Southwest Incident: An In-Depth Account

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Southwest Incident: An In-Depth Account

Post by Dennis Lewi » Sun, 24 Sep 2000 04:00:00

Today's New York Times has a lengthy article about the 19-year-old victim,
Jonathan Burton, on the Southwest flight from Salt Lake City to Las Vegas
and his behavior during the flight. It's online at:
(If that URL doesn't pull up the story, you'll need to sign up for a free
account with


An autopsy report said that Mr. Burton had traces of *** and THC, the
active ingredient in ***, in his system.

Mr. Burton's mother, Janet Burton, told reporters in Las Vegas this week
that she did not believe her son used illegal ***. Mrs. Burton, a widow,
did not respond to messages left for her, and no one answered the door
today at her Las Vegas home. Her lawyer, Kent Spence, did not respond to
repeated messages.

Friends and neighbors described [Burton] as a joy to know; not one said
she ever knew him to act ***ly or use ***. "He was too smart for
that," said Martha Ford, who lived across the street from the Burtons
until three years ago.

Sgt. Ken Young, an information officer for the Clark County School
District, said officers who worked at Cheyenne High School, from which Mr.
Burton had graduated, had no idea who he was, a sign that he had never
been in trouble.

"I'm a retired police officer," said [Mary] Mahoney [who lives next door
to the Burtons]. "I'd know a rotten kid if I saw one."


Highlights on what occurred during the flight:

Witnesses said that the Aug. 11 flight was routine until about 20 minutes
before landing.

At that point, [Adam P.] Bradshaw [seated in an aisle seat near the back
of the B-737] -- who is the news director at KTVX, the ABC affiliate in
Salt Lake [City] -- said he saw Mr. Burton walk toward the rear of the
plane, take a drink off a cart and walk back. Over the next few minutes,
Mr. Burton walked up and down the aisle several times, once pausing at Mr.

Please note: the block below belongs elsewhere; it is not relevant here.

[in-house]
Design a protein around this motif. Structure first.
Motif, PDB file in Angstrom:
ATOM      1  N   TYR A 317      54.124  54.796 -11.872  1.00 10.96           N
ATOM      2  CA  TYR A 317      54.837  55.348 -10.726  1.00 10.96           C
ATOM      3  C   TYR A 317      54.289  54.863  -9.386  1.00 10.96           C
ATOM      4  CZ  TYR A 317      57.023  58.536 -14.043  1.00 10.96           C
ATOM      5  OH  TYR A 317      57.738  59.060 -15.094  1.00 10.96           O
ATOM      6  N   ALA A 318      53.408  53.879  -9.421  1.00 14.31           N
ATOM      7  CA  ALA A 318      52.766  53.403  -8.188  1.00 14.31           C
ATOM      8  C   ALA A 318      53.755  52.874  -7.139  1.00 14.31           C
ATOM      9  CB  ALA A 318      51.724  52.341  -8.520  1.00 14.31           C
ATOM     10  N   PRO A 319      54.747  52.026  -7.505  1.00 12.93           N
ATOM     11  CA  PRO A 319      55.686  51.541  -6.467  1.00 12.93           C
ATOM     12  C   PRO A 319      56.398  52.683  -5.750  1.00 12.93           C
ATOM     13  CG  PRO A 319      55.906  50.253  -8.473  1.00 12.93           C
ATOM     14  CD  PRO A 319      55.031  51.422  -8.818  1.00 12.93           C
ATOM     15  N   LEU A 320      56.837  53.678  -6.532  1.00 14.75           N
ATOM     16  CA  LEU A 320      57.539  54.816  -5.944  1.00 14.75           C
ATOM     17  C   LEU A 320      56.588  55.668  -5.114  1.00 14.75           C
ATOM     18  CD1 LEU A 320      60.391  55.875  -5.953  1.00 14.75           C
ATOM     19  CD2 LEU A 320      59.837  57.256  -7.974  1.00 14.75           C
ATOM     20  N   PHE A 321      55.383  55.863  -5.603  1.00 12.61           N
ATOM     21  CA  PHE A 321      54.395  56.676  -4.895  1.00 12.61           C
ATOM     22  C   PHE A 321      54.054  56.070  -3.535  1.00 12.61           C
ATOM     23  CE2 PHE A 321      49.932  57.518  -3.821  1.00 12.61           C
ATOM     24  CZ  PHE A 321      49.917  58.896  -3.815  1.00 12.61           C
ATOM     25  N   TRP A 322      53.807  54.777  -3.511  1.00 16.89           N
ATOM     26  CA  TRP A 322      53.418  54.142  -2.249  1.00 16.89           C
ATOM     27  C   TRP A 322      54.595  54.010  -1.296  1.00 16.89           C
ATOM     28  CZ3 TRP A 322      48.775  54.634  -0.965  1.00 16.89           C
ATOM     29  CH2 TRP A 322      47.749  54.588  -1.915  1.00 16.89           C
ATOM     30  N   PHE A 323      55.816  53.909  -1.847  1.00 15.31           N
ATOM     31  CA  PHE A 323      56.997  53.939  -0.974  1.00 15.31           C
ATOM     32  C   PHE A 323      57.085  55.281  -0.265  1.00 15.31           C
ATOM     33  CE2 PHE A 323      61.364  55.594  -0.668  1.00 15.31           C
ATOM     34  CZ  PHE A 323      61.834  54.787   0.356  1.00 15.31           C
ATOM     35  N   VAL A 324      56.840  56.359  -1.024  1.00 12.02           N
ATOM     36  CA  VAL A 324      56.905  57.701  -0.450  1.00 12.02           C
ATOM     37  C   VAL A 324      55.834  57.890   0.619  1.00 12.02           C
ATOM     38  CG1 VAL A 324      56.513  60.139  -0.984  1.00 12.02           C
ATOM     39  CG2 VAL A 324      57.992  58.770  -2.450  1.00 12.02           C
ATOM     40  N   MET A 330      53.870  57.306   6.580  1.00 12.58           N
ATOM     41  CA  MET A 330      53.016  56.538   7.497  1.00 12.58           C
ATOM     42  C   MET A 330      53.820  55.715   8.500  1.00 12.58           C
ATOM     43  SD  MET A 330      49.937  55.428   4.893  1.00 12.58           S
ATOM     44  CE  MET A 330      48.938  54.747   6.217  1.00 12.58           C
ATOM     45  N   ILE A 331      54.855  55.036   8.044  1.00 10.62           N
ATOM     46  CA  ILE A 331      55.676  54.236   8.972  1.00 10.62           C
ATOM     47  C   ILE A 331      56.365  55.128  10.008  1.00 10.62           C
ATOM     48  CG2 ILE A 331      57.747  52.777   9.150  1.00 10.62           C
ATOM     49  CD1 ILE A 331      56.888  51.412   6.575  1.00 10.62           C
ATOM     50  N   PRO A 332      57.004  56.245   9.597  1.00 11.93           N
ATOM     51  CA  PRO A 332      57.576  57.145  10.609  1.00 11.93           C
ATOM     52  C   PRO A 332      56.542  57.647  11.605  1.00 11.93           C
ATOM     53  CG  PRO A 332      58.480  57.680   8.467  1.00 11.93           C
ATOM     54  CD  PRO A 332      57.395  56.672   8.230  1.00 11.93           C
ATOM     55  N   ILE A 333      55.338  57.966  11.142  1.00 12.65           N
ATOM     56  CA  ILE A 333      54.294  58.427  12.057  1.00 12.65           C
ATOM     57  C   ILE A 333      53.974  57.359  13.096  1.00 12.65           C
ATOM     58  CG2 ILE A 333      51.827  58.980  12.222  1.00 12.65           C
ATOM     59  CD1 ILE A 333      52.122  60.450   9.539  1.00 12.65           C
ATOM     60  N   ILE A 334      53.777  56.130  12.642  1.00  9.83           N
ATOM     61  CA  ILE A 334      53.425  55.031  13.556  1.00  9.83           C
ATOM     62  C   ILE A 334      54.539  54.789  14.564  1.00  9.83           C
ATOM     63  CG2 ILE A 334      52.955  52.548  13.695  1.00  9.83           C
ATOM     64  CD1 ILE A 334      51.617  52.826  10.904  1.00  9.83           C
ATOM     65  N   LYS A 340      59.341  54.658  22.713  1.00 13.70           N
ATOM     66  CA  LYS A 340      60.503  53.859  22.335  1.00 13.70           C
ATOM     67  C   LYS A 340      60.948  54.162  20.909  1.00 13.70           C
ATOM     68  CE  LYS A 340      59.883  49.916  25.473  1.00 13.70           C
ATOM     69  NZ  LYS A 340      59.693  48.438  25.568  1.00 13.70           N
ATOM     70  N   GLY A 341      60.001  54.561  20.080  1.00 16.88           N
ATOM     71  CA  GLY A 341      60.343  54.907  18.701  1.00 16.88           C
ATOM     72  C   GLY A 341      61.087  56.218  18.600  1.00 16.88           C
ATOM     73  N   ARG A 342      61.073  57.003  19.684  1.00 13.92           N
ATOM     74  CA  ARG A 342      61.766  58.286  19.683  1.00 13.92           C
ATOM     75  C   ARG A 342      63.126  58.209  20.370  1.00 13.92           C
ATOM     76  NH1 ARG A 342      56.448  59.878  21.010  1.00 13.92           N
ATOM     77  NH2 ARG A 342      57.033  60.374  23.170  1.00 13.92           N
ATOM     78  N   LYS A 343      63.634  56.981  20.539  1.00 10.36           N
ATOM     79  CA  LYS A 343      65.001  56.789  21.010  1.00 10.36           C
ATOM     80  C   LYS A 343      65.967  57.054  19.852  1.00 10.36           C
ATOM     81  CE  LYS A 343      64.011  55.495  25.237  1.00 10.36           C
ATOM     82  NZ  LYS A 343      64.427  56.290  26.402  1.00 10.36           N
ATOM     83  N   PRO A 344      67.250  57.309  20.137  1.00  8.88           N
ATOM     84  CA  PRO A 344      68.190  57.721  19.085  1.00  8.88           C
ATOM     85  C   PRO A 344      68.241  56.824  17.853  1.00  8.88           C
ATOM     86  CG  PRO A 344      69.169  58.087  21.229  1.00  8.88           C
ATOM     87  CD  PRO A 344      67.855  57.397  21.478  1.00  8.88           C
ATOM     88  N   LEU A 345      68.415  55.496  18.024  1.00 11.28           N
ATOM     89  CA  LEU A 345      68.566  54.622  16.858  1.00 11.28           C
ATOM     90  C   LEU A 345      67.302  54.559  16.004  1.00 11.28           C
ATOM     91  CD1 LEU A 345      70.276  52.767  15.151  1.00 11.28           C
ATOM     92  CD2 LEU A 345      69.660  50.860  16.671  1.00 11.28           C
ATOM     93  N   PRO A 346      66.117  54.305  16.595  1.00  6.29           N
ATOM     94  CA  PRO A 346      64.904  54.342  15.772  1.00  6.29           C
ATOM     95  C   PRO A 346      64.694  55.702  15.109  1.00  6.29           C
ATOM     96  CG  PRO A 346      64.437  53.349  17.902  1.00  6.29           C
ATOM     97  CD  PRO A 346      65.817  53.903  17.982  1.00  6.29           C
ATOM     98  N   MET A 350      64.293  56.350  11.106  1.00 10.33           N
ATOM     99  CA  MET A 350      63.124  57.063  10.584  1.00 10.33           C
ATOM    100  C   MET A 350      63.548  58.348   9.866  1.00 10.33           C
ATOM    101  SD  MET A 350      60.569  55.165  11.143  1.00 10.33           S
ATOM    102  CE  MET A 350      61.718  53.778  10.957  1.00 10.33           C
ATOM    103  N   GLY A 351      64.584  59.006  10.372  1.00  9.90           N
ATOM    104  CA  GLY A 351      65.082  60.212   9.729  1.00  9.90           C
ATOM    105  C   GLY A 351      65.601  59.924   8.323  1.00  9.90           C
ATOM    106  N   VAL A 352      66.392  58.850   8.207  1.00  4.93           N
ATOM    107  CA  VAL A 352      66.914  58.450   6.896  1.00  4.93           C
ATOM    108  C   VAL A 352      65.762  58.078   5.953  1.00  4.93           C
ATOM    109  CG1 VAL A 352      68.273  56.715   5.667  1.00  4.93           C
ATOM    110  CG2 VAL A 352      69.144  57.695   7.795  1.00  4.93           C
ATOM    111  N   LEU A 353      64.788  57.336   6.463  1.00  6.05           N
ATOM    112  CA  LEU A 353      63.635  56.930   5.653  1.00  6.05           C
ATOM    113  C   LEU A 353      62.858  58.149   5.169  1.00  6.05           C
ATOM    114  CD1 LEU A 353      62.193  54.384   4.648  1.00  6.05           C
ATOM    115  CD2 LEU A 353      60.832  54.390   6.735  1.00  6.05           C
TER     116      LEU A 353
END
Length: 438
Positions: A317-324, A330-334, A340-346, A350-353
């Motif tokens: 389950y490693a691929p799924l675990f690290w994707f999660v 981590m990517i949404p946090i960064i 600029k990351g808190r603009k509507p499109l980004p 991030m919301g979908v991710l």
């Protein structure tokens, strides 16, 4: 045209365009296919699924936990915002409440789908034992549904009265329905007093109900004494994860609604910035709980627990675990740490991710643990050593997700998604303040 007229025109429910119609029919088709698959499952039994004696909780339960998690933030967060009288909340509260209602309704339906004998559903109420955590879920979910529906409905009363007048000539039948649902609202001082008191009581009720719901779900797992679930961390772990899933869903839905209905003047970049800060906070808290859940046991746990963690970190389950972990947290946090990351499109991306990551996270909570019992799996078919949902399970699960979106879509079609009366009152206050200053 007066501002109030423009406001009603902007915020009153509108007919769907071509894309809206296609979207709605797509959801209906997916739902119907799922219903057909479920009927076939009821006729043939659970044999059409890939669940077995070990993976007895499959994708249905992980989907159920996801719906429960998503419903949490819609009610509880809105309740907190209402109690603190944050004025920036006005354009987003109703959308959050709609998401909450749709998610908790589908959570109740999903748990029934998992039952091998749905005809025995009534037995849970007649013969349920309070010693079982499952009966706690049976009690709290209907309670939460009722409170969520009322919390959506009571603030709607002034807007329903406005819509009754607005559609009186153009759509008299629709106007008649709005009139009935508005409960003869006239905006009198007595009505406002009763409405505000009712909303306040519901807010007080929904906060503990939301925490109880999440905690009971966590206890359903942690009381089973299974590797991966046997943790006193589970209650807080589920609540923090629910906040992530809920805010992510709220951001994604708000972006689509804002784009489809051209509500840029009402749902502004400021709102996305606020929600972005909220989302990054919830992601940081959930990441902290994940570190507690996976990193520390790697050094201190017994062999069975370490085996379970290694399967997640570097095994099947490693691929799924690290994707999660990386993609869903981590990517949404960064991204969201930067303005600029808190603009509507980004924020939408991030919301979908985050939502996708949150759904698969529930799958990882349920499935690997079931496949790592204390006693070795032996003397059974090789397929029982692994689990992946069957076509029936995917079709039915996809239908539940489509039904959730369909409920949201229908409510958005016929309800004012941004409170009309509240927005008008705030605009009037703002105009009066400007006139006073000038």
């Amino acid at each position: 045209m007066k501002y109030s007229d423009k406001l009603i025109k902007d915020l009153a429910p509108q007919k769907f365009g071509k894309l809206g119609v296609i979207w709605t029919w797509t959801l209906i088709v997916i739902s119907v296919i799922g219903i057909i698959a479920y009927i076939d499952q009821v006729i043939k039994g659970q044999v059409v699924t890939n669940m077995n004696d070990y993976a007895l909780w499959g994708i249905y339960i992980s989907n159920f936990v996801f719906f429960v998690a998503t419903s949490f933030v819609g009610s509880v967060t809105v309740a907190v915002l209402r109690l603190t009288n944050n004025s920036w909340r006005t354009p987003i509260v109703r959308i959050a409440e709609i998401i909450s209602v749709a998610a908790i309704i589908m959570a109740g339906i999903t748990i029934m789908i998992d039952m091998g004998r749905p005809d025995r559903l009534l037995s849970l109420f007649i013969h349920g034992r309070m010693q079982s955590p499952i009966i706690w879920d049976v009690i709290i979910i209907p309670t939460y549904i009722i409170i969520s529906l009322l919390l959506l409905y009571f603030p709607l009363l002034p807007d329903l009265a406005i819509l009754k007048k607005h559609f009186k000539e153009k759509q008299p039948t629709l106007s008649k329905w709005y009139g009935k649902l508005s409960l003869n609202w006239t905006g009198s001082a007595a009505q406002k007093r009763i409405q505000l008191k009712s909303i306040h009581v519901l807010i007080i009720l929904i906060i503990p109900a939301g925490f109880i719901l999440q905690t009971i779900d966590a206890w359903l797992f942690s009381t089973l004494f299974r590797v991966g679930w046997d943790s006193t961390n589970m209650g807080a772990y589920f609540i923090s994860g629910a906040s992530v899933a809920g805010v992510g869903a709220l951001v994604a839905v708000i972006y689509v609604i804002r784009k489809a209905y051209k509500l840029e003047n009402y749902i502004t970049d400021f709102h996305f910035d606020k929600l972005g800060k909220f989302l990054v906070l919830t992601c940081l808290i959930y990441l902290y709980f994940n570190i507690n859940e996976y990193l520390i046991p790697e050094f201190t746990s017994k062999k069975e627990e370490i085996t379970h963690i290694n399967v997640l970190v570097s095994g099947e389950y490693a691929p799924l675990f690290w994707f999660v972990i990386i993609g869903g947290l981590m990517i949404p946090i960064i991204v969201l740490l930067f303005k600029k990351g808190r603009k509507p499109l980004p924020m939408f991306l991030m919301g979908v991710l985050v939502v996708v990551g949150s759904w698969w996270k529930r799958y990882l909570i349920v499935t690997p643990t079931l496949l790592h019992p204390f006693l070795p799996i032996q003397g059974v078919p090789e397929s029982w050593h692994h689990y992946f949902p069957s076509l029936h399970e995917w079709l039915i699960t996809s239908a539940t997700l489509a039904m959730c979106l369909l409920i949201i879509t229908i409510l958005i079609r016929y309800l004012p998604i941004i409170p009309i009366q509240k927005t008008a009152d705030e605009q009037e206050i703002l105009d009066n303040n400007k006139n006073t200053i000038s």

Bradshaw's seat. "He had very frantic eyes," Mr. Bradshaw said.

John Whitaker, a retired Army officer and construction project manager,
said he told his business partner in the seat beside him, "That dude's

Mr. Burton then returned to his seat, the passengers recalled. Christy
Gibson, a Las Vegas resident sitting across the aisle from Mr. Burton,
said she then heard the attendant ask if he needed help.

Ms. Gibson said Mr. Burton responded, "No, I'm fine. It's just the ***."


Seconds later, passengers said, Mr. Burton bolted toward the front.

"About five feet from the***pit door, he leaped into the air with both
feet at the door, like a long jump," Mr. Bradshaw said. "He hit with both
feet. Then, with one foot against the wall, he tried to pull the door
open, wildly jerking around, then beating the door with his fists and
yelling, although I couldn't understand what he was saying."

[The Times reports that several men on the plane tried to calm down Burton
and escort him to his seat. Burton stopped at the emergency exit row in
the middle of the 737.]

"He was saying something like, 'I've got to go, I've got to get out of
here,'" Mr. Whitaker said.

[The passengers in that row had moved, and the men surrounded Burton and
continued their attempts at calming him down. The plane began its descent
into SLC.]

[Flight] attendants did not want [Burton] in an emergency-exit row so they
asked some men to help move him to another seat. One man asked to help,
Ms. Gibson said, was an off-duty police officer.

"They started to move him down the aisle to the back of the plane," Ms.
Gibson said, "but when he heard police officer, he freaked. He went
ballistic. He punched the police officer in the face, split open his lip
and *** was all over the place."


"It was a *** fight, no doubt," [Bradshaw] said. "They finally got him
face down on the floor, but he was still kicking, screaming at the top of
his lungs."


"There was never any mob mentality," Mr. Bradshaw said. "And I don't care
what any other passenger says, I'm convinced nobody wanted to hurt that